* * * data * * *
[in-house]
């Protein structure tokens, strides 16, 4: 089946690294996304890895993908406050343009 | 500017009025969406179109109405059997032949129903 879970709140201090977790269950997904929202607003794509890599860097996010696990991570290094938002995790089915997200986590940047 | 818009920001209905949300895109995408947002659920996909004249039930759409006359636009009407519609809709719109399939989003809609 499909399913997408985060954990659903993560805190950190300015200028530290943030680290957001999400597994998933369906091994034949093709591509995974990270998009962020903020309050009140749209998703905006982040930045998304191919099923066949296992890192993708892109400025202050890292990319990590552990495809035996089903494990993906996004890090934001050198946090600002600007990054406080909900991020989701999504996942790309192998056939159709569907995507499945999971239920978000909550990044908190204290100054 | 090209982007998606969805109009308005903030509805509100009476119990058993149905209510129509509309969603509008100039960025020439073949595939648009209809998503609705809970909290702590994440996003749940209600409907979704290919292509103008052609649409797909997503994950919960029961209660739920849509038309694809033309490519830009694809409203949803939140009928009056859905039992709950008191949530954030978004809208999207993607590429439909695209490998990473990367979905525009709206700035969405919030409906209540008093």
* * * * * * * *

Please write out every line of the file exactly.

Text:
[in-house]
């Protein structure tokens, strides 16, 4: 089946690294996304890895993908406050343009 | 500017009025969406179109109405059997032949129903 879970709140201090977790269950997904929202607003794509890599860097996010696990991570290094938002995790089915997200986590940047 | 818009920001209905949300895109995408947002659920996909004249039930759409006359636009009407519609809709719109399939989003809609 499909399913997408985060954990659903993560805190950190300015200028530290943030680290957001999400597994998933369906091994034949093709591509995974990270998009962020903020309050009140749209998703905006982040930045998304191919099923066949296992890192993708892109400025202050890292990319990590552990495809035996089903494990993906996004890090934001050198946090600002600007990054406080909900991020989701999504996942790309192998056939159709569907995507499945999971239920978000909550990044908190204290100054 | 090209982007998606969805109009308005903030509805509100009476119990058993149905209510129509509309969603509008100039960025020439073949595939648009209809998503609705809970909290702590994440996003749940209600409907979704290919292509103008052609649409797909997503994950919960029961209660739920849509038309694809033309490519830009694809409203949803939140009928009056859905039992709950008191949530954030978004809208999207993607590429439909695209490998990473990367979905525009709206700035969405919030409906209540008093």